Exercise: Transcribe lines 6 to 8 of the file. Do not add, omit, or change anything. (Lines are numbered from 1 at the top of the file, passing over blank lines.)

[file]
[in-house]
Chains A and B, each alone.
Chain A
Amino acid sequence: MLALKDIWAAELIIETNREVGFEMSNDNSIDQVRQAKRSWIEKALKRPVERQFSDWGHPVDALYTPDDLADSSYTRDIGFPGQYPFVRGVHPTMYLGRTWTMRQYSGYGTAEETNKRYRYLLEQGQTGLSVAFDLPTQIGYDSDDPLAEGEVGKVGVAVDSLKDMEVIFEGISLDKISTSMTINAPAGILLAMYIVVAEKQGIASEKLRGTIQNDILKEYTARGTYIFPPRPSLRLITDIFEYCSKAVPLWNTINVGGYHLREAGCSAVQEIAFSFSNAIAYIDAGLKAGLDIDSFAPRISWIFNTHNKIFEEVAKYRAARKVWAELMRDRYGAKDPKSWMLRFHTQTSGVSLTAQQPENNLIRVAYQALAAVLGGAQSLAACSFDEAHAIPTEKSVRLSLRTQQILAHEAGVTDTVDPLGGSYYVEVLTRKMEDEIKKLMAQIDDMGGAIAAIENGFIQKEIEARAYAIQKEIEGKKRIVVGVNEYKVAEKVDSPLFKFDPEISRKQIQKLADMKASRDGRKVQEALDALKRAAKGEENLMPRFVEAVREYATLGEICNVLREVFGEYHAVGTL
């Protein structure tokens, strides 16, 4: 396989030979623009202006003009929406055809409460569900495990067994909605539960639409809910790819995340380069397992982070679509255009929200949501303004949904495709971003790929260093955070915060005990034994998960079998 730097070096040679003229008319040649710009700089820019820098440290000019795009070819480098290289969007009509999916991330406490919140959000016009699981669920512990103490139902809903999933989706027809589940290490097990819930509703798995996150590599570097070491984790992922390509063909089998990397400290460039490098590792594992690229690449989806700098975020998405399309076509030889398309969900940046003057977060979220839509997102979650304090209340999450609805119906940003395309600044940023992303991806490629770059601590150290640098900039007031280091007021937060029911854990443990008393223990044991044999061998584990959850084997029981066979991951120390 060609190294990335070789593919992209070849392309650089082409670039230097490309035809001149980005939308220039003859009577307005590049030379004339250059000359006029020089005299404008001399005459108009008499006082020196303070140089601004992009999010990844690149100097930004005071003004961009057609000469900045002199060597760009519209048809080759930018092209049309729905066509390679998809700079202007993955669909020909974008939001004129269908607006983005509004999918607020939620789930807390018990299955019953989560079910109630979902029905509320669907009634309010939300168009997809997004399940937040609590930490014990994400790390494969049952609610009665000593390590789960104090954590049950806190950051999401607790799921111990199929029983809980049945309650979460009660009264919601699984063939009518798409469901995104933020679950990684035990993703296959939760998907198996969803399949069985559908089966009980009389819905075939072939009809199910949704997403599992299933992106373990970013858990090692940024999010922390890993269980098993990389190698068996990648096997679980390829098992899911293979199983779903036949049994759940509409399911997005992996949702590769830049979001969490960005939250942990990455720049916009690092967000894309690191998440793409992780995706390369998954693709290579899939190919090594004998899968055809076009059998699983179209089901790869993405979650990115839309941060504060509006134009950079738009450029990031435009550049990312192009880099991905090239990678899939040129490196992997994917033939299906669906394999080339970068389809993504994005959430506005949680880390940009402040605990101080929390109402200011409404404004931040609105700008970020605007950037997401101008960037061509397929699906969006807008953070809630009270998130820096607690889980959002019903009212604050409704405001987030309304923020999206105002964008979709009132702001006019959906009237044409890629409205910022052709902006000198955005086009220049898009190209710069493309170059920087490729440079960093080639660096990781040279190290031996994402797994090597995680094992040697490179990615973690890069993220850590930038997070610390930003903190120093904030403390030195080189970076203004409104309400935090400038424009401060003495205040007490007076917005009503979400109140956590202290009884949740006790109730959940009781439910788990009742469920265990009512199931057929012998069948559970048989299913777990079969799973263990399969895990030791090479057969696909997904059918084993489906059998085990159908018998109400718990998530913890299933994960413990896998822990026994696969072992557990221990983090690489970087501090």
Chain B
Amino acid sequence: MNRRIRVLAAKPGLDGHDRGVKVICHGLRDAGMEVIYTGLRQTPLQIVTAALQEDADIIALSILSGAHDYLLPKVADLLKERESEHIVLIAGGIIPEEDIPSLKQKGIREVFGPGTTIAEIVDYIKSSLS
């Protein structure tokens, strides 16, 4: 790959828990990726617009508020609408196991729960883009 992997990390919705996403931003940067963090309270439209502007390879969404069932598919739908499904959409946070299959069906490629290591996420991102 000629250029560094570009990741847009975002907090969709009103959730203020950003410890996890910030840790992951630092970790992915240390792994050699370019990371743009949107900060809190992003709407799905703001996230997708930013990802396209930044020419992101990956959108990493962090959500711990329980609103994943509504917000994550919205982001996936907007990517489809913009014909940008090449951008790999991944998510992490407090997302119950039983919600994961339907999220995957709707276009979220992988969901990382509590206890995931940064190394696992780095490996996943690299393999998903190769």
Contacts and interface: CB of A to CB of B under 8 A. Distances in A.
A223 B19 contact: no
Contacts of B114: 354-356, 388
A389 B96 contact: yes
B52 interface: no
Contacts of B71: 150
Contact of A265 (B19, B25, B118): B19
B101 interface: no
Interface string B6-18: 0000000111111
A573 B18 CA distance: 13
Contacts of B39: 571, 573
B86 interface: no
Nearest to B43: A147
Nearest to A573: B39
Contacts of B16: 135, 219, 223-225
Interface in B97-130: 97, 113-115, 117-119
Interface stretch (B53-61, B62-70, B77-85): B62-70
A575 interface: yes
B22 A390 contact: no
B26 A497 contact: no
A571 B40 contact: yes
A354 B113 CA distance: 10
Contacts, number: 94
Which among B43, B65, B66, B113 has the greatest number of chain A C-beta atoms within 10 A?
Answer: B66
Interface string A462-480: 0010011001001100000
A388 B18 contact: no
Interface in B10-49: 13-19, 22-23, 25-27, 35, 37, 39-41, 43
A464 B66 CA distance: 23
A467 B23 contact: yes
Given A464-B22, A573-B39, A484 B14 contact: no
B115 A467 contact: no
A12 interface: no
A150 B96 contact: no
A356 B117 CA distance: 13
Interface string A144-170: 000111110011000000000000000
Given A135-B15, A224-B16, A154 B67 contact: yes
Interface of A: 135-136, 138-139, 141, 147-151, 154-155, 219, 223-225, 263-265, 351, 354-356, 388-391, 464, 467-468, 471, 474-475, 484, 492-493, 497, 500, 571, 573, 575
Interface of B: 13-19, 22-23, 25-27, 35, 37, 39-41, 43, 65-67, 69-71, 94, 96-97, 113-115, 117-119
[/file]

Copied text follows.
Chain B
Amino acid sequence: MNRRIRVLAAKPGLDGHDRGVKVICHGLRDAGMEVIYTGLRQTPLQIVTAALQEDADIIALSILSGAHDYLLPKVADLLKERESEHIVLIAGGIIPEEDIPSLKQKGIREVFGPGTTIAEIVDYIKSSLS
């Protein structure tokens, strides 16, 4: 790959828990990726617009508020609408196991729960883009 992997990390919705996403931003940067963090309270439209502007390879969404069932598919739908499904959409946070299959069906490629290591996420991102 000629250029560094570009990741847009975002907090969709009103959730203020950003410890996890910030840790992951630092970790992915240390792994050699370019990371743009949107900060809190992003709407799905703001996230997708930013990802396209930044020419992101990956959108990493962090959500711990329980609103994943509504917000994550919205982001996936907007990517489809913009014909940008090449951008790999991944998510992490407090997302119950039983919600994961339907999220995957709707276009979220992988969901990382509590206890995931940064190394696992780095490996996943690299393999998903190769």